.Figure 5. 3 .9: satisfaction Level with the Relationship Maintained by The Bank INTERPRATATION: From the above study it is clear that from the sample size majority of respondents says that Yes. relationship is maintained by Banks and 32% says No.

it is clear that about majority of the respondents are agree that credit cards in Indian economy are beneficial for Indian retail economy and it will contribute to the Gross Domestic Product (GDP) of India. The research was conducted on different people relating to different users to know their perspective behavior or perception regarding the usage of credit cards and their services and after conducting the survey. the various findings of the research are mentioned below: ➢ It was found that majority of the respondents are aware regarding the functioning of credit cards in India ➢ All the respondents have the opinion that government should allow the maximum usage of credit cards.CHAPTER-6 FINDINGS OF THE STUDY The findings were presented in the best possible way. it is clear that about majority of the respondents are agree to the maximum usage and availability of credit cards. 4 . ➢ In conducting survey. ➢ During survey it is clear that majority of the respondents were agree that credit cards fastens the flow of cash in the economy ➢ In conducting survey.

.as one need not to carry money bags along with while doing shoping or some other wealthy work. 2 . it was clear that about most of the respondents strongly agree that credit cards In India will affect the overall growth of the economy indirectly.➢ During conducting survey. ➢ The availability of credit cards has made life more smooth.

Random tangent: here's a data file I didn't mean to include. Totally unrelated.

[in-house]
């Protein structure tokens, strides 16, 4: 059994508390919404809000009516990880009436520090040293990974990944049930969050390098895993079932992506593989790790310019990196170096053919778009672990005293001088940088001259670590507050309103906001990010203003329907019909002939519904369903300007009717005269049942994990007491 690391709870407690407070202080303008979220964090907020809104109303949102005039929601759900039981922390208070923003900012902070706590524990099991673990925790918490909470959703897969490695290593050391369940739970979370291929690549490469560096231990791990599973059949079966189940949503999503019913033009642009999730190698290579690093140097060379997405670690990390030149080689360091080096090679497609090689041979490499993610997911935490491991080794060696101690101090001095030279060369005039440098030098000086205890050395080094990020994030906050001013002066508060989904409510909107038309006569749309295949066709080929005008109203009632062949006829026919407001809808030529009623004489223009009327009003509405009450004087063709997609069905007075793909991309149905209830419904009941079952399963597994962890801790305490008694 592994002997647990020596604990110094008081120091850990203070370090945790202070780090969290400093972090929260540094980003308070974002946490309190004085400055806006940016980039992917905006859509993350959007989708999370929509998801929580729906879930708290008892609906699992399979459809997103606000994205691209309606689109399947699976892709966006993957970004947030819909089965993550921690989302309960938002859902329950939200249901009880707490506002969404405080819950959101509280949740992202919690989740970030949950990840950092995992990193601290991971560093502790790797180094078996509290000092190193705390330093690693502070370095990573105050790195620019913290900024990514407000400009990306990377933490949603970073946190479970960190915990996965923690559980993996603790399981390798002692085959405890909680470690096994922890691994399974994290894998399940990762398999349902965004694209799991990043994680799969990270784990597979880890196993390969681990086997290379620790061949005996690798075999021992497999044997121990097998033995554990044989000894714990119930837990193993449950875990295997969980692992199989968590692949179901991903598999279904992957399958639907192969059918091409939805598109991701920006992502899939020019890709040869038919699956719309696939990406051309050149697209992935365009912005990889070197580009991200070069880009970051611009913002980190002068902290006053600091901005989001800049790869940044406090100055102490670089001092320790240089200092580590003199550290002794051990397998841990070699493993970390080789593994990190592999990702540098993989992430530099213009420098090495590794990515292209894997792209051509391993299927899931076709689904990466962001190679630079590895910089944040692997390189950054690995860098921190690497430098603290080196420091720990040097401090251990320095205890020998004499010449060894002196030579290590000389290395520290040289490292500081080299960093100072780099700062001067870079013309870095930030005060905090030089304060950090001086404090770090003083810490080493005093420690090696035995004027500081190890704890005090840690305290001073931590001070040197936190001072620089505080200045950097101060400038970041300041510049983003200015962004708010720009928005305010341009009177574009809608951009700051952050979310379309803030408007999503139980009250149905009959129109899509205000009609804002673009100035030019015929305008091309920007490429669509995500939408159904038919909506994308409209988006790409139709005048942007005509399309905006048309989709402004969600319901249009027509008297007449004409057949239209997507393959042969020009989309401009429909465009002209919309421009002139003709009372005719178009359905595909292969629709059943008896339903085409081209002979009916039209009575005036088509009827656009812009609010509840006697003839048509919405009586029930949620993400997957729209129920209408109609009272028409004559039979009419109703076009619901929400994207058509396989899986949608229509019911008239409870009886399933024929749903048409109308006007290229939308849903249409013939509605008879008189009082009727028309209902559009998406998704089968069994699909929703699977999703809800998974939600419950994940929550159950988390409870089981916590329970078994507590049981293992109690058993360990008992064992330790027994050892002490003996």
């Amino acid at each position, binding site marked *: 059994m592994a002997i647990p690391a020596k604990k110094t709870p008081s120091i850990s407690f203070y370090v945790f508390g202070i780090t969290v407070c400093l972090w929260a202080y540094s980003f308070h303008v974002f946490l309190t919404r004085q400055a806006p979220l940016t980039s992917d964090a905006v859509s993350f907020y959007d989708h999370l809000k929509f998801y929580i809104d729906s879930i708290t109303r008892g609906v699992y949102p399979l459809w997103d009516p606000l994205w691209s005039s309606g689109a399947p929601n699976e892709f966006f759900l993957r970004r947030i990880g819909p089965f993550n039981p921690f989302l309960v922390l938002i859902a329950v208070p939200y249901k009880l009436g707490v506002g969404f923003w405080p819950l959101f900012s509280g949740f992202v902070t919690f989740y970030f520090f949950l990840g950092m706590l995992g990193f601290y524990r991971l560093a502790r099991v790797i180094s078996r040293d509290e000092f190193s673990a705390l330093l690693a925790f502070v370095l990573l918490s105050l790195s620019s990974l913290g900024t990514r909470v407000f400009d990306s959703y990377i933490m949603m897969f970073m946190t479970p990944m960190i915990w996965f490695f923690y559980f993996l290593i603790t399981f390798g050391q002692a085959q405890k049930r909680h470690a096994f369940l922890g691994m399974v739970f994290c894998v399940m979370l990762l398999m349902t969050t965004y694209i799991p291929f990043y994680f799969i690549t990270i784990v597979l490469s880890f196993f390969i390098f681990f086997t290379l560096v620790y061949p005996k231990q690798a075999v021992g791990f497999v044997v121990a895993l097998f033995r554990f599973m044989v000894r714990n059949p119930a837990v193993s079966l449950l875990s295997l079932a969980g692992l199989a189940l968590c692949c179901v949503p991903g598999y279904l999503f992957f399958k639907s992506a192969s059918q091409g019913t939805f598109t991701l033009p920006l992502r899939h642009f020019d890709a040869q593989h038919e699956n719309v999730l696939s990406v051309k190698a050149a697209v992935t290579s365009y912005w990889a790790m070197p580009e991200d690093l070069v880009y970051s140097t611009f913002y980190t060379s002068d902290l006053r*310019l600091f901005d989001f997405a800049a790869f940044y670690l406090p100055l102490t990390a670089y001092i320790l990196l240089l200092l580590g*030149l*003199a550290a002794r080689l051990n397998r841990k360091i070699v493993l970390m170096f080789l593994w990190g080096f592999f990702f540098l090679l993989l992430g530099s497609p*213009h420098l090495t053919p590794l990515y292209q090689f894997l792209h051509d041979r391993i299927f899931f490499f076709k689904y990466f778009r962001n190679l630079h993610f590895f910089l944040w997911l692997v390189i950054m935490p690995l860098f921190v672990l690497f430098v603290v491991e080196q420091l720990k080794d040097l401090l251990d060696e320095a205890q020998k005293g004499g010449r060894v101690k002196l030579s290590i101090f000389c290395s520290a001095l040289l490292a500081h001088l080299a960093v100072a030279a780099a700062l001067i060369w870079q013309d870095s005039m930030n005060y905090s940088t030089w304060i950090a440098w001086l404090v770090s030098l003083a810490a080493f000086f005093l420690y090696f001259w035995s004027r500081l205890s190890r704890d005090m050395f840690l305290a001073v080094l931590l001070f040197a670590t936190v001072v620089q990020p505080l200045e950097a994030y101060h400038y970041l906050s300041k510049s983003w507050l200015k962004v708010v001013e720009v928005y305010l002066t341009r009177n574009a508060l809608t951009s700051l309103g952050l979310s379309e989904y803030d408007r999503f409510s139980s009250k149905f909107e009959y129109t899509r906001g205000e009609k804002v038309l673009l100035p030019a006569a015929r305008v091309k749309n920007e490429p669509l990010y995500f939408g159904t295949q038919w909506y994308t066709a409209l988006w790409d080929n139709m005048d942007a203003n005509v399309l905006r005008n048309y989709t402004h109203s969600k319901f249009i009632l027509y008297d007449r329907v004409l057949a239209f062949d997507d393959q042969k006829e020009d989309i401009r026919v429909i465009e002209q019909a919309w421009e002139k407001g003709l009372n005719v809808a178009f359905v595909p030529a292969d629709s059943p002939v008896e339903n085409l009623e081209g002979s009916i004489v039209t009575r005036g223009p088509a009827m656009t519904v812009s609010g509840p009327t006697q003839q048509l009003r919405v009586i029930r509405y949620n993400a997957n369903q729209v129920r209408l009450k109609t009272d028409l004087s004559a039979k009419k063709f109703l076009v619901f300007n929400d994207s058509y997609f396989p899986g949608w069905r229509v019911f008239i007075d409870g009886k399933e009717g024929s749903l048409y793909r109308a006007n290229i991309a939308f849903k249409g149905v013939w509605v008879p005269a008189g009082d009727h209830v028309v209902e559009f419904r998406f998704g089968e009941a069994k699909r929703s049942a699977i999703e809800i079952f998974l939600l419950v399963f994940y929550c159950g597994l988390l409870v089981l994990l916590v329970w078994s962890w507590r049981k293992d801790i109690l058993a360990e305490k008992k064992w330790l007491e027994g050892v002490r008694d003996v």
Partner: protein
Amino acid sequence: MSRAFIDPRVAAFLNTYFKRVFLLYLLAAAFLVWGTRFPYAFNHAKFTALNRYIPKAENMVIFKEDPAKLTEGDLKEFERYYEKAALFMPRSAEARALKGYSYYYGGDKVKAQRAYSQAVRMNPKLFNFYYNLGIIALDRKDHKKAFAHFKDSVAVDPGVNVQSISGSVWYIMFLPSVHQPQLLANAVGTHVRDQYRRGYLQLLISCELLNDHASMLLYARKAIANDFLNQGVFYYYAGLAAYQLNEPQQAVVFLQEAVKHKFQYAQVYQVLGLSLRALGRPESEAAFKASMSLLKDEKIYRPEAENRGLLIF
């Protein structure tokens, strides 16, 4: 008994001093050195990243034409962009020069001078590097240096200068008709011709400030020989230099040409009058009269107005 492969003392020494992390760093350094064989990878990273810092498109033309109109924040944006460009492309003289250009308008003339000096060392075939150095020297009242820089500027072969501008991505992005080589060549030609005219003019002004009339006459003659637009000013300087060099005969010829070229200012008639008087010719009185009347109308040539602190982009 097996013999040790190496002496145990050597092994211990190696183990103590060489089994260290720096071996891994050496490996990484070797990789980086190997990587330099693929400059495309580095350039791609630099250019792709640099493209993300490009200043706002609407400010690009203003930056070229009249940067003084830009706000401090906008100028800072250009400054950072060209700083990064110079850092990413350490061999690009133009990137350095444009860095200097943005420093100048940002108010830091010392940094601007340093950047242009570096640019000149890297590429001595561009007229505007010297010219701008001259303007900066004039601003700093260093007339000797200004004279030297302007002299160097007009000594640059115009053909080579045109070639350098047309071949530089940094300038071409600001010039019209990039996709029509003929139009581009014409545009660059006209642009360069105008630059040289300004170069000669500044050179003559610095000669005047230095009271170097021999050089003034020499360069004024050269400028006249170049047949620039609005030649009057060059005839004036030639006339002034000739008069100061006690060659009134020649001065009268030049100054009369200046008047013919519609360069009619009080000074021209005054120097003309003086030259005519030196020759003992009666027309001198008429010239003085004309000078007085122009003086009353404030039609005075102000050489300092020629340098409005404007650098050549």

2 . the credit card comes with a credit limit. the lender company issues the credit card to him. he pays the vendor through the card which is actually reimbursed to the vendor through the bank or the lender company. the bank can lawfully charge him/her with an interest fee on the unpaid amount. After receiving the needful information about the applicant. Various banks and private financial organizations have now started providing credit card facility to their clients to offer them better and simpler financial solutions to their problems. the bank or the financial institution has a look at his/her credit rating along side verifying his/her credit history. A credit card generally works by giving its holder an immediate authority to purchase services and goods such as travel and hotel reservations as well as shopping for merchandise in and outside your own country. by paying it back through regular monthly payments. And finally. the cardholder All then repays the bank for the entire credit amount that he has used. we are associated with a wide variety of reputed credit card companies holding global recognition and credibility. be it something casual like shopping or something severe like an emergency situation. In case the cardholder fails to payback the entire balance. Now if the credit card holder goes shopping with his credit card. Before issuing a credit card to an individual. making it much easier for you to apply for and receive a credit card without having to search them up individually. At TheLoanBazaar. a predetermined amount of money which its lender is offering as credit to a credit card holder to spend wherever he wants AND RECOMMENDATIONS OF THE STUDY 7. You can choose from an array of credit card companies and types of credit cards that they offer. A credit card is basically a plastic card with a magnetic strip invented with the intention to simplify the complicated banking process for an individual in case he/she is short of cash.1 CONCLUSION Everyone carries a credit card these days.